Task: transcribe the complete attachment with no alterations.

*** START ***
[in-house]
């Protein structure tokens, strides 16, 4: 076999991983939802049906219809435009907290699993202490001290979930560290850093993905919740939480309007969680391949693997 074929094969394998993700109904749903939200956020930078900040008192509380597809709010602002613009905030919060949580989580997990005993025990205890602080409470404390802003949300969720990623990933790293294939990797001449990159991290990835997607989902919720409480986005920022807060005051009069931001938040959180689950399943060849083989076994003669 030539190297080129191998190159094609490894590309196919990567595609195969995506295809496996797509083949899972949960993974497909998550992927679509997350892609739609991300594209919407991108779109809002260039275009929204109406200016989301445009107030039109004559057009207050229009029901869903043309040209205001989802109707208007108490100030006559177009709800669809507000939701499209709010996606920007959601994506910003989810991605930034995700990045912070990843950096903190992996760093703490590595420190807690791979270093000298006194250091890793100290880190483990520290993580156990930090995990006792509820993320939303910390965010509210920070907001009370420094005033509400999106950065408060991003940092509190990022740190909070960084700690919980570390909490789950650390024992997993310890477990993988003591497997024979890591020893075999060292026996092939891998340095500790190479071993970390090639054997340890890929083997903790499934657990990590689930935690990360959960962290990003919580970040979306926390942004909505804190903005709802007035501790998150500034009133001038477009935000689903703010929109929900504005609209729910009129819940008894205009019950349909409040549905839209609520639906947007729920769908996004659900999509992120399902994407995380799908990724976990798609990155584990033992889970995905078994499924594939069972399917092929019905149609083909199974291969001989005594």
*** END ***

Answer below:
[in-house]
């Protein structure tokens, strides 16, 4: 076999991983939802049906219809435009907290699993202490001290979930560290850093993905919740939480309007969680391949693997 074929094969394998993700109904749903939200956020930078900040008192509380597809709010602002613009905030919060949580989580997990005993025990205890602080409470404390802003949300969720990623990933790293294939990797001449990159991290990835997607989902919720409480986005920022807060005051009069931001938040959180689950399943060849083989076994003669 030539190297080129191998190159094609490894590309196919990567595609195969995506295809496996797509083949899972949960993974497909998550992927679509997350892609739609991300594209919407991108779109809002260039275009929204109406200016989301445009107030039109004559057009207050229009029901869903043309040209205001989802109707208007108490100030006559177009709800669809507000939701499209709010996606920007959601994506910003989810991605930034995700990045912070990843950096903190992996760093703490590595420190807690791979270093000298006194250091890793100290880190483990520290993580156990930090995990006792509820993320939303910390965010509210920070907001009370420094005033509400999106950065408060991003940092509190990022740190909070960084700690919980570390909490789950650390024992997993310890477990993988003591497997024979890591020893075999060292026996092939891998340095500790190479071993970390090639054997340890890929083997903790499934657990990590689930935690990360959960962290990003919580970040979306926390942004909505804190903005709802007035501790998150500034009133001038477009935000689903703010929109929900504005609209729910009129819940008894205009019950349909409040549905839209609520639906947007729920769908996004659900999509992120399902994407995380799908990724976990798609990155584990033992889970995905078994499924594939069972399917092929019905149609083909199974291969001989005594």